To set up Edge Access, turn the unit on, press the setup button and it self deploys the TracStar Systems satellite dish, self locates automatically and establishes the wireless network – all within five minutes. The system comes with a computer server that establishes the wireless hotspot and can be used for other programs such as incident command, hazardous materials reference, GIS applications and much more.
Goal No. 3 – To alert first responders and/or civilians quickly via text messaging to e-mail and other wireless devices. The selection was the Emergency Email Wireless Network (EEWN), www.emergencyemail.org.
The EEWN is done through a web portal or from a cell phone or Blackberry and is as simple as using Yahoo or other free online e-mail accounts, but it is much more versatile. It can be used from an emergency operations center (EOC), on site at an incident or from anywhere else. Log in, enter your message, select the list and send – within seconds, the message reaches subscribers.
Through the use of multiple canned messages, many emergency operations plan (EOP) notifications can be automated such that they become dynamic and make the EOP more effective. The EEWN is being used by the Virginia Fire Chiefs Association to provide E-News to its members for both general and sensitive information. It also has the ability to attach files such as pdf documents, images and/or maps or other instructional files. EEWN also provides free weather warnings to anyone in the United States directly to alphanumeric pagers, wireless phones, Blackberry devices, e-mail, etc. Subscribers can self-register within 30 seconds or the administrator, if desired, can establish lists.
In short, Charlottesville has determined its IGs and overcome them by implementing the aforementioned solutions. In less than five minutes and operating from a single vehicle, the following can be achieved:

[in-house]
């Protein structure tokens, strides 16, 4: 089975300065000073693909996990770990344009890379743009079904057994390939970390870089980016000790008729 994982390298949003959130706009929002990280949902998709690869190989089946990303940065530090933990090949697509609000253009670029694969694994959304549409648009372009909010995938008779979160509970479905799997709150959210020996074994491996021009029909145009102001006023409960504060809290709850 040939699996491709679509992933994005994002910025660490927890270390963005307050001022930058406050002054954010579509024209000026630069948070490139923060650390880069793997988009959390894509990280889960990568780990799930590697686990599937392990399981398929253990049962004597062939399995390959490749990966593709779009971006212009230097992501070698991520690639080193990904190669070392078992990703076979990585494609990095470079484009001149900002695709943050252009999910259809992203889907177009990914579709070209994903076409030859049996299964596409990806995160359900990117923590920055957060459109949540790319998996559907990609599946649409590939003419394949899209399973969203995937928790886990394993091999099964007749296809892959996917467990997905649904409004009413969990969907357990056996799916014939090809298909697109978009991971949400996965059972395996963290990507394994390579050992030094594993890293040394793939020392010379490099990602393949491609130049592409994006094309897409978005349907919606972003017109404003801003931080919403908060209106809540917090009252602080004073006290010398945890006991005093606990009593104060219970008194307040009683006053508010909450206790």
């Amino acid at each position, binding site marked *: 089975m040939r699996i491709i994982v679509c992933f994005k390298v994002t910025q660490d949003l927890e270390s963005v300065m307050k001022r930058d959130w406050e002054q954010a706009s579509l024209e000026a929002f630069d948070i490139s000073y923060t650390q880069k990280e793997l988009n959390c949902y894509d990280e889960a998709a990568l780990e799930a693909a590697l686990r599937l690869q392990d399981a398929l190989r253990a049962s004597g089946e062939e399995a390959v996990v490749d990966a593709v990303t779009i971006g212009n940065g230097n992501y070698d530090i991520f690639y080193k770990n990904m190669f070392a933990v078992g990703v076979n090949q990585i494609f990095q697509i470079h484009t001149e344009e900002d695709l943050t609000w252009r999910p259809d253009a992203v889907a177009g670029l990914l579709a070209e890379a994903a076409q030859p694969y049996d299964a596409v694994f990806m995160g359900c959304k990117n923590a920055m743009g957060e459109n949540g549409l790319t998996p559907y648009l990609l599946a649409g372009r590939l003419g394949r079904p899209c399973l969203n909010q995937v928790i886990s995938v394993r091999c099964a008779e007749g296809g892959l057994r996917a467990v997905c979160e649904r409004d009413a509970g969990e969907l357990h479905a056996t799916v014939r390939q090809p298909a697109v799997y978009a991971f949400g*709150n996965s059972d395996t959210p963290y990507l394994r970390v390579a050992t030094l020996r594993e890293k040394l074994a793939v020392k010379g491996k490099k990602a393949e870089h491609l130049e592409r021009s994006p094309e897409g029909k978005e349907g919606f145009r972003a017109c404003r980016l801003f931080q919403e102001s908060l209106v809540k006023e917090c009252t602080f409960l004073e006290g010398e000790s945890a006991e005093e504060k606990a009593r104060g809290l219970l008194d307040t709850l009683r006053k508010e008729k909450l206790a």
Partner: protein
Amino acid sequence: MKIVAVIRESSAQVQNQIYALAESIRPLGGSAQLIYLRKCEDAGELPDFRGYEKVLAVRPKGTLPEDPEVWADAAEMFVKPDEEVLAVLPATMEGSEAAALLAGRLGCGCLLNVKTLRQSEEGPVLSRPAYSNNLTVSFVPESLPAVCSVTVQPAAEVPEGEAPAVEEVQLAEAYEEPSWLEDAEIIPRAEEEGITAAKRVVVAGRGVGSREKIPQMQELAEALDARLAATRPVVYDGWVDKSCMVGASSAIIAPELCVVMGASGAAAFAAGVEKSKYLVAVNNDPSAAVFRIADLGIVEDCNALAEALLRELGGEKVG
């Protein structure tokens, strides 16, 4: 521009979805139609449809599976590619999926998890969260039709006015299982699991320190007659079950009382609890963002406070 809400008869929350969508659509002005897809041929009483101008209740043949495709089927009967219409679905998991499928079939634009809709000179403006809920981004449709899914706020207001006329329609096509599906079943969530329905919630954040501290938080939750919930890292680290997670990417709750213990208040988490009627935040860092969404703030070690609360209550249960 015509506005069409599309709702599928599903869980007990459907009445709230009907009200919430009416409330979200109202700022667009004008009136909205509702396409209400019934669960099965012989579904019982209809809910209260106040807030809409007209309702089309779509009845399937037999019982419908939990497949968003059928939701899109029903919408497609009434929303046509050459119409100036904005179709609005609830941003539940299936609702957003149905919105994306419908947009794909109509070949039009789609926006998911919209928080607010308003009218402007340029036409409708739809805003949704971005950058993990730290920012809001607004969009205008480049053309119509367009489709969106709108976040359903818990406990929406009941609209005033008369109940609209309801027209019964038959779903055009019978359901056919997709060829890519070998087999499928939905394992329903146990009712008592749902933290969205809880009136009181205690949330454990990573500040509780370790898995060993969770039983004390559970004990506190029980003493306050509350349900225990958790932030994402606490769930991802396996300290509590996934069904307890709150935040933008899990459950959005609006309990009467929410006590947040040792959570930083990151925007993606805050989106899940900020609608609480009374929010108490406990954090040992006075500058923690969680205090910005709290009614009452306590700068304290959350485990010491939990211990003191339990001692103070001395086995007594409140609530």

- Voice connect between disparate radios and wireless devices
- Satellite telephone service – fixed and wireless (wireless within the hotspot)
- Quarter-mile wireless network hotspot
- Wireless video enabled (wireless digital video camera included)
- Internet access with 512k broadband download
- Notification/alerting system accessible from any Internet-enabled device
All of this can be purchased in a single interoperability suite, or individually and can be purchased by local government off of the GSA contract and definitely hits right on the Interoperability SWEET spot.
An important end note: There are many other good interoperability solutions that may suit your department’s needs. The intent of this column is to report on the tactical interoperability equipment that was purchased to support the Charlottesville public safety agencies and to provide a process that you may apply to your interoperable communications purchases.
Charles Werner, a Firehouse® contributing editor, is a 28-year veteran of the fire service and is deputy fire chief of the Charlottesville, VA, Fire Department. Werner serves on a number of local, state and federal interoperability working groups, and is technology chair for the Virginia Fire Chiefs Association and chair of the Commonwealth of Virginia First Responder Executive Committee. In addition, he serves on the SAFECOM Executive Committee and Advisory Group.